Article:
Cognitive development in absence epilepsy during long-term follow-up

Eric L.A. Fonseca Wald, Sylvia Klinkenberg, Twan P.C. Voncken, Saskia C.M. Ebus, Albert P. Aldenkamp, Johan S.H. Vles, R. Jeroen Vermeulen, Jos G.M. Hendriksen, Mariette H.J.A. Debeij-van Hall (Corresponding author)

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Absence epilepsy (AE) has been associated with lower than average cognitive functioning, which are clinically relevant in some and may predispose to problems later in life. This study aimed to assess cognitive development during long-term follow-up in children with AE. Thirty-one children with AE, who had undergone two neuropsychological assessments between 2010 and 2017 were analyzed retrospectively. Cognitive measurements were 1.7 ± 0.95 years apart. The difference in neurocognitive test scores was assessed on a group level and on an individual level using reliable change methodology. Results show that sustained attention was lower at the first measurement compared to the normative mean. Sustained attention improved during follow-up and 7 out of 14 children showed improvement after correction for practice effects. Receptive vocabulary showed a decline over time, but did not differ from the normative mean. Significant lower mean group scores were present for performance IQ, perceptual organization, processing speed, simple reaction times, and visual motor integration, while being stable over time in the majority of children. Cognitive development was not associated with seizure freedom. Mild-to-severe academic underachievement was present in 65% and comorbidities that might affect learning in 38%. This study in children with AE showed improvement in sustained attention during long-term follow-up while other cognitive weaknesses persisted over time, regardless of seizure freedom.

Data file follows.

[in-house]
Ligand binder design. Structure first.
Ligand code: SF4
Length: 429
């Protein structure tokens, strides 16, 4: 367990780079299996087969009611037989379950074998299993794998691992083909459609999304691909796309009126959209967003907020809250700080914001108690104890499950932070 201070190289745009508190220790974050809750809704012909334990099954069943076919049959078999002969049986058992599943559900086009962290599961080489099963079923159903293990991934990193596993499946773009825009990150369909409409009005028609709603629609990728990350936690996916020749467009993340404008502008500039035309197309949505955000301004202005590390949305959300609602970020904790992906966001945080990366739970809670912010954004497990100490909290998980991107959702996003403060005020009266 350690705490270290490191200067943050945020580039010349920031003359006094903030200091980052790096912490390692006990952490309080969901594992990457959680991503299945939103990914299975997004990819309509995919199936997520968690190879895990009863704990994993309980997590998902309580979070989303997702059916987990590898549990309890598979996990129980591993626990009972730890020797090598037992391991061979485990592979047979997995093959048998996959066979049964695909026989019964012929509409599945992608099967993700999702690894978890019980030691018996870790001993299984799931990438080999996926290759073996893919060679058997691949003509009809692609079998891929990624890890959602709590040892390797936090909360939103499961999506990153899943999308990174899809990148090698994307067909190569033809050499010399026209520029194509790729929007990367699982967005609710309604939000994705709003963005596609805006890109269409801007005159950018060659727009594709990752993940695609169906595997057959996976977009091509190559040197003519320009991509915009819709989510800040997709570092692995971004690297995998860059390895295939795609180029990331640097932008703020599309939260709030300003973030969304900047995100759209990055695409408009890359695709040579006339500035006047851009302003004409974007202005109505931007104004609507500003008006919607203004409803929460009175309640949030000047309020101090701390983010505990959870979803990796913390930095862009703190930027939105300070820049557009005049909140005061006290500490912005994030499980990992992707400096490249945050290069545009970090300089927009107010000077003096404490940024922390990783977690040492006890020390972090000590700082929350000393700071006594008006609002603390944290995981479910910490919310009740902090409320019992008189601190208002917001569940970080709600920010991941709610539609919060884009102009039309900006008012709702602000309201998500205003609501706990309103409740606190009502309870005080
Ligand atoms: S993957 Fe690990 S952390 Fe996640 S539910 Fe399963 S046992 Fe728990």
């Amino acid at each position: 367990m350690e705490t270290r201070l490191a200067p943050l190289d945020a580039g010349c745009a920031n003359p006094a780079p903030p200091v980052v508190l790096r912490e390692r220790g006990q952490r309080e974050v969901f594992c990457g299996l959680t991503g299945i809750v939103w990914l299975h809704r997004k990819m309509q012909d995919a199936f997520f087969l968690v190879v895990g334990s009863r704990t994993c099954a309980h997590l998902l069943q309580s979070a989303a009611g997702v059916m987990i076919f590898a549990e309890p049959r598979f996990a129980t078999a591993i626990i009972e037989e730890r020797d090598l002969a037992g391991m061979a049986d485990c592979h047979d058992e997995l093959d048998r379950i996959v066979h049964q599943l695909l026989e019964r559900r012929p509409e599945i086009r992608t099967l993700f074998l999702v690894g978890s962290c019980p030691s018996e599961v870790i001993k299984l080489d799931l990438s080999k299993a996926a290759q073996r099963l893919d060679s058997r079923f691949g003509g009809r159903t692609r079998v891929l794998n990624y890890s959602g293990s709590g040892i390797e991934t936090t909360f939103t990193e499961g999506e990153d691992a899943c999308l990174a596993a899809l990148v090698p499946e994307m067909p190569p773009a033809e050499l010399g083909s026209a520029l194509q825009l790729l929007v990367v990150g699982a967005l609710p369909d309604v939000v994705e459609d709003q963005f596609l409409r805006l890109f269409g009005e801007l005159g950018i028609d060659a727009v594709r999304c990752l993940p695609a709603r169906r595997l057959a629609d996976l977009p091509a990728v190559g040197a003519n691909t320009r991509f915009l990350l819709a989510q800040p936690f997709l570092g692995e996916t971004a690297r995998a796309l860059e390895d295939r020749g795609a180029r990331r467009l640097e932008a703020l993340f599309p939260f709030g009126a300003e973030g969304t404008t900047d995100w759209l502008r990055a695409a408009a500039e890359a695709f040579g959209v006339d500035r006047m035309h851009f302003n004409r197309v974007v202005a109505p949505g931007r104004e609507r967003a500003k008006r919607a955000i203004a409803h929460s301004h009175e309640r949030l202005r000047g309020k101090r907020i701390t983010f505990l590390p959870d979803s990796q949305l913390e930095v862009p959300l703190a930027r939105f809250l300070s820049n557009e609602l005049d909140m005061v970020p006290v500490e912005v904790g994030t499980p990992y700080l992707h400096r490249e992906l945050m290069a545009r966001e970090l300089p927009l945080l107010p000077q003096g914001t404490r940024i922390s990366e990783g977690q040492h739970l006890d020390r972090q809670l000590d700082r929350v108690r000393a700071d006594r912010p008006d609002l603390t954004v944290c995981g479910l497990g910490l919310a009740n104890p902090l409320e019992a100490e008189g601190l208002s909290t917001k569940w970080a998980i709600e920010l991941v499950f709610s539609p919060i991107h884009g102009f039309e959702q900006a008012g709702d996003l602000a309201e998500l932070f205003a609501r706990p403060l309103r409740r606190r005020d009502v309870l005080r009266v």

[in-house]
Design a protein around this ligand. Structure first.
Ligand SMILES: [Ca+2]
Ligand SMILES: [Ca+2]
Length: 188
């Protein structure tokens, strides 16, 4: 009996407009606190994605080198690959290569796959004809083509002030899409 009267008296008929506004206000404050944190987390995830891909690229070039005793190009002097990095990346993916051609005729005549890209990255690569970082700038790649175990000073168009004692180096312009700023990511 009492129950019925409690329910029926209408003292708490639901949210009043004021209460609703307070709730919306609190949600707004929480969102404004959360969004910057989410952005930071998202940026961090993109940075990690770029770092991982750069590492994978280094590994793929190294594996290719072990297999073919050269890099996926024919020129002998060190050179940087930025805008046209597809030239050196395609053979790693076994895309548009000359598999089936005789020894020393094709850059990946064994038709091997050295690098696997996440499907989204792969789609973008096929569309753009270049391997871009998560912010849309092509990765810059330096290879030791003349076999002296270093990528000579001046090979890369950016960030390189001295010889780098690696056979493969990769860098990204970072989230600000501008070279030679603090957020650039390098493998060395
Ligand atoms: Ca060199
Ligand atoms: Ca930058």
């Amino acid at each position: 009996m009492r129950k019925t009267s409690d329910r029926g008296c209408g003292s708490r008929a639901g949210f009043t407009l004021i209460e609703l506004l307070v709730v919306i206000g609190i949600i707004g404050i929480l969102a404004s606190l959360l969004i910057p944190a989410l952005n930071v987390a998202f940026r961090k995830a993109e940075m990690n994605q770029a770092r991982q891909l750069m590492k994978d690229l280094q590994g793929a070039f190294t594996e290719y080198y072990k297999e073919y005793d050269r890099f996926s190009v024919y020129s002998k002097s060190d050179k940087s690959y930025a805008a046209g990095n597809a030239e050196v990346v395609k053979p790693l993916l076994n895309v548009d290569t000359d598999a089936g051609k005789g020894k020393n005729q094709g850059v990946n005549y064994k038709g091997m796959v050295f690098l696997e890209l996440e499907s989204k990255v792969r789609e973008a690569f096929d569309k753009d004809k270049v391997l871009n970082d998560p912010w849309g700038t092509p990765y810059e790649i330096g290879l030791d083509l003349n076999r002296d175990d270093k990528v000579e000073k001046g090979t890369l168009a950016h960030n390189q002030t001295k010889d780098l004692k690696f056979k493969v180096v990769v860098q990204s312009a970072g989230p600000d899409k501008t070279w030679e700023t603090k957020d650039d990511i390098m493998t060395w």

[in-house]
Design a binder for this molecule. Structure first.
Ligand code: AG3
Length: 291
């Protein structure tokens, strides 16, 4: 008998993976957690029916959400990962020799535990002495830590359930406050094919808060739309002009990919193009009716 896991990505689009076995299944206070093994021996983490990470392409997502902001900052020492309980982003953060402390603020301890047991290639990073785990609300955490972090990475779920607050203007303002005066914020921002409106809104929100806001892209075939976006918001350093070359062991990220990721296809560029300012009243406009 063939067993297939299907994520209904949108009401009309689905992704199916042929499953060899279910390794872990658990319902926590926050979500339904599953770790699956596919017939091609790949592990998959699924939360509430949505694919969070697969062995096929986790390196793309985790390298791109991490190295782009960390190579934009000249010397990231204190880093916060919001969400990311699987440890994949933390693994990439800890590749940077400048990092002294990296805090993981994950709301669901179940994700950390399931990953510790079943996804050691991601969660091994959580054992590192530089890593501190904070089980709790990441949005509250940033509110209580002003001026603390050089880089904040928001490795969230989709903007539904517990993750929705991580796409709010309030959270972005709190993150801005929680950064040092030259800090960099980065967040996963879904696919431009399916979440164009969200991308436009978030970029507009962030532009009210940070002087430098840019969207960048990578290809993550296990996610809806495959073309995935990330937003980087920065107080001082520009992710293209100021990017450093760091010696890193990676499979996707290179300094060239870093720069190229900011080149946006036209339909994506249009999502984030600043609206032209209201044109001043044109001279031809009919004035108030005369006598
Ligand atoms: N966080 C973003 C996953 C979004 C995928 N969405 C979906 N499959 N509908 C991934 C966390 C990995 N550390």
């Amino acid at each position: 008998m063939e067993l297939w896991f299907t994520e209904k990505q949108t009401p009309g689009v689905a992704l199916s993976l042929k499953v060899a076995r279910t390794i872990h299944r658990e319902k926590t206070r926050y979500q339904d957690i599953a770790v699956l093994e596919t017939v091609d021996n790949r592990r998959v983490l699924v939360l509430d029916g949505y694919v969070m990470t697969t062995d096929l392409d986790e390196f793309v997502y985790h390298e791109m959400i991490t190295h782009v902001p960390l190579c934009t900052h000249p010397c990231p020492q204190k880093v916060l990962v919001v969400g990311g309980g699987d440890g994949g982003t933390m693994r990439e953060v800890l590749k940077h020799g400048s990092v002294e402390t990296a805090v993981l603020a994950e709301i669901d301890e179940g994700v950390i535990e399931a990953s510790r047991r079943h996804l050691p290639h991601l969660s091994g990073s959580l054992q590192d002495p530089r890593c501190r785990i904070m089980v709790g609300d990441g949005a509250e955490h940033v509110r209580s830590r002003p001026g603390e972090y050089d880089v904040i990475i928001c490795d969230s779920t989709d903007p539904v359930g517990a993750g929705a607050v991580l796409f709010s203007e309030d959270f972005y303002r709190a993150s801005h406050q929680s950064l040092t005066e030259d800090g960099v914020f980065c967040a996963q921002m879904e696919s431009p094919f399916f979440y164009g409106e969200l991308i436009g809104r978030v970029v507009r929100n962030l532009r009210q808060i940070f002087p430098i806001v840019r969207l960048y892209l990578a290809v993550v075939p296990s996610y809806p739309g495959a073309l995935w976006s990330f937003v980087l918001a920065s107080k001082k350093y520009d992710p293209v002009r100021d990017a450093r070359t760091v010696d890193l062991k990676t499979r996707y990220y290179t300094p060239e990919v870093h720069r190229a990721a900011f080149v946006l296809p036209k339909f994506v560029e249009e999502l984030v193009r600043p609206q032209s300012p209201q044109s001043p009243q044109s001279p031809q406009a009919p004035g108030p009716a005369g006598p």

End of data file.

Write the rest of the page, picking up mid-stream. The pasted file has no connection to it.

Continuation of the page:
Original languageEnglish
Pages (from-to)1003-1021
Number of pages19
JournalChild Neuropsychology
Issue number8
Publication statusPublished - Nov 2019


  • Absence epilepsy
  • academic performance
  • cognition
  • longitudinal
  • neurodevelopment


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